Meat Scare in UP Even As Govt Says No Ban



Meat traders are gripped by fear psychosis because of police high-handedness.

LUCKNOW – It is turning into a “meaty” issue and the scare over sale of meat in Uttar Pradesh is growing by the day.

Even though the state government on Tuesday clarified that there was no order for the closure of meat shops during the ongoing Navratri festival (April 2 to 10), municipal bodies of various cities in Uttar Pradesh are imposing and then withdrawing ban orders.

Navneet Sehgal, additional chief secretary, information, said, “No order has been issued by the Uttar Pradesh government for the closure of meat shops during the nine-day-long Navratri festival.”

Principal secretary (Uttar Pradesh Food and Drug Administration) Anita Singh has also informed officers concerned that no such notification had been issued by the state government.

Deputy Commissioner, FDA, Hari Singh, said the department made it clear to officers in all districts that no order for the closure of meat shops during Navratri was issued by the state government.

“Officers were directed to ensure that cleanliness was maintained near religious spots where devotees assemble to offer prayers. Meat shops should not be located within 200 metres of religious spots. It’s a routine order that is issued by the department every year during the festivity. Officers are also directed to check slaughter of certain animals,” he added.

However, reports coming in from various districts claim that meat shops are remaining closed, causing inconvenience to Muslim consumers during Ramzan.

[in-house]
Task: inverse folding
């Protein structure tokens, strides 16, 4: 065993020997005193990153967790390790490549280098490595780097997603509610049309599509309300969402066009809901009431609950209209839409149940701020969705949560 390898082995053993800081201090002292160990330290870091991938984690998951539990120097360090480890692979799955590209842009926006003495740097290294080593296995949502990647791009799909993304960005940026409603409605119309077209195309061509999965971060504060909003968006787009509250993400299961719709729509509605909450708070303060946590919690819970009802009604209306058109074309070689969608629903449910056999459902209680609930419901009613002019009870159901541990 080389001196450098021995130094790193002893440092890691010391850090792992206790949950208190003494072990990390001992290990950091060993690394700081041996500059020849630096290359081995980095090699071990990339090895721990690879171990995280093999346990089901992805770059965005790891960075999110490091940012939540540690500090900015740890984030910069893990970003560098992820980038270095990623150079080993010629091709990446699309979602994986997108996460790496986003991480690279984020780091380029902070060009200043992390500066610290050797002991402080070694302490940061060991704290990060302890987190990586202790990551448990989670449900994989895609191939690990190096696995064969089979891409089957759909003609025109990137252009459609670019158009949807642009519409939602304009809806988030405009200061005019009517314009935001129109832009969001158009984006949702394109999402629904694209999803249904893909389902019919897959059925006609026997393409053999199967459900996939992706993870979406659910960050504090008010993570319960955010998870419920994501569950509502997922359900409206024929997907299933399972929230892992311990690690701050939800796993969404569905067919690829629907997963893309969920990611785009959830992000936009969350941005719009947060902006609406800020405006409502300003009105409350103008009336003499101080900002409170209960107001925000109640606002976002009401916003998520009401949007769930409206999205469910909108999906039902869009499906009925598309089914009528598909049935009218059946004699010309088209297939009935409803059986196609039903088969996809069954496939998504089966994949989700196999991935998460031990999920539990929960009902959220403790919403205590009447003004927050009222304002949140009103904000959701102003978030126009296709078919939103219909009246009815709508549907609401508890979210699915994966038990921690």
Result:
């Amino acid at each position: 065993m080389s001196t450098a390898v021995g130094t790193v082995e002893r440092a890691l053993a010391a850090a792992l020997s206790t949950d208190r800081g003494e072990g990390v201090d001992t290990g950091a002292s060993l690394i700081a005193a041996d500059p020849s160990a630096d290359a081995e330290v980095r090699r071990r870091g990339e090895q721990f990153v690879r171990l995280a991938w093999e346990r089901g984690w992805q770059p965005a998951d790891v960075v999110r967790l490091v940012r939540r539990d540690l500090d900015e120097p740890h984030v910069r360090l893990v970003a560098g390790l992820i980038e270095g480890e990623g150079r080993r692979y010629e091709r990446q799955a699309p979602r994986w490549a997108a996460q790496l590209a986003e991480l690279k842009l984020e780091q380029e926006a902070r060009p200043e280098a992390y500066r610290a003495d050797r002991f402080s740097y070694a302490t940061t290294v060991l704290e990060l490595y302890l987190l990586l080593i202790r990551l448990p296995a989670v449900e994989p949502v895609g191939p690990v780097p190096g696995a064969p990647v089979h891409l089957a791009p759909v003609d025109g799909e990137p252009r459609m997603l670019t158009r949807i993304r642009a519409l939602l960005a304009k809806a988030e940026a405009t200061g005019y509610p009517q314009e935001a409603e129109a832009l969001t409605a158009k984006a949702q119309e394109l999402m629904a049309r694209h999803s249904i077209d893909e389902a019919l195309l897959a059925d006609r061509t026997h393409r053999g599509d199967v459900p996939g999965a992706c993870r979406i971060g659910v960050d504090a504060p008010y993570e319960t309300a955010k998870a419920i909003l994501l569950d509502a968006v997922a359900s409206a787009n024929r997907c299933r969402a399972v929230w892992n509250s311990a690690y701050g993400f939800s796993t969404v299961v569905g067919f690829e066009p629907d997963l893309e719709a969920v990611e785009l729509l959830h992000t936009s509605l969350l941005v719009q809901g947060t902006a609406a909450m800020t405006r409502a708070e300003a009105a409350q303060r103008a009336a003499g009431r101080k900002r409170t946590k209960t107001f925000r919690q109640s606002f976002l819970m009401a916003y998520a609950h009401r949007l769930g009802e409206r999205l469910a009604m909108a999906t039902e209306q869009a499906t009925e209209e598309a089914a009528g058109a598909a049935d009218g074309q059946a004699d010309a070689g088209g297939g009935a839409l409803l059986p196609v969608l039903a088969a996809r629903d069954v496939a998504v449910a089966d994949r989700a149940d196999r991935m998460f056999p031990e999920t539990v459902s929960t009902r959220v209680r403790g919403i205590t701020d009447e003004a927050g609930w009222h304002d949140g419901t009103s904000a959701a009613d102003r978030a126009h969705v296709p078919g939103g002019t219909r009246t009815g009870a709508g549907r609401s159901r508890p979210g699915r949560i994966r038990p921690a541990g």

In Gorakhpur, Abdul Rehmani, a meat seller, admitted that he has not opened his shop since Saturday when Navratri began.

“Anonymous callers claiming to be members of the Hindu Sena, have warned me against opening the shop during Navratri. I do not want any trouble and I am willing to suffer losses. I will open my shop after Ram Navmi next week,” he said.

In Lucknow, Mayor Sanyukta Bhatia directed LMC officials to shift meat shops in narrow lanes to commercial areas on the city’s outskirts.

She said this was aimed at saving the population living in narrow lanes from communicable diseases. She added, “I have only asked the shops to be shifted, not closed. And there is no religious angle to it.”

Meat sellers, however, question the timing of the order.

Kanpur mayor Pramila Pandey had said: “There will be complete closure of meat shops for nine days.”

“I am observing fast and seeing animals being slaughtered openly does make one feel bad. It is not a matter of Hindu or Muslim, the order will be for all,” she added, ignoring the FDA order.

Saeeda Naim, a homemaker, said that since most meat sellers had already shut shop due to the fear of backlash from fringe outfits, members of the Muslim community were facing problems during Ramzan.

“Non vegetarian dishes are an integral part of Iftar and substituting them with vegetarian food is a difficult option. This is a major festival for us and for two years, we have faced a similar crisis during the lockdowns but this year, there is no such apparent reason. The government should emphatically clarify the issue,” she said.

Roohi Altaf, a young businessman, said that in any case, Hindus turn vegetarian during Navratri and everyone respects their sentiments.

“In fact, most Hindus take off non-vegetarian dishes from their menu during this period but Muslims should be allowed to eat what they want during their festivals,” he said.

A number of cloud kitchens have become operational in Lucknow during the ongoing festive season.

A lady who had started preparing non-vegetarian food on demand, said on condition of anonymity that, “Many of my friends were facing problems in getting meat because of the scare. I have arranged meat from a shop on the outskirts of the state capital and prepared biryani, kebabs and other dishes that are supplied to my customers from my home. We take orders early in the day so that I can arrange meat accordingly.” -IANS

Clarion India - News, Views and Insights about Indian Muslims, Dalits, Minorities, Women and Other Marginalised and Dispossessed Communities.


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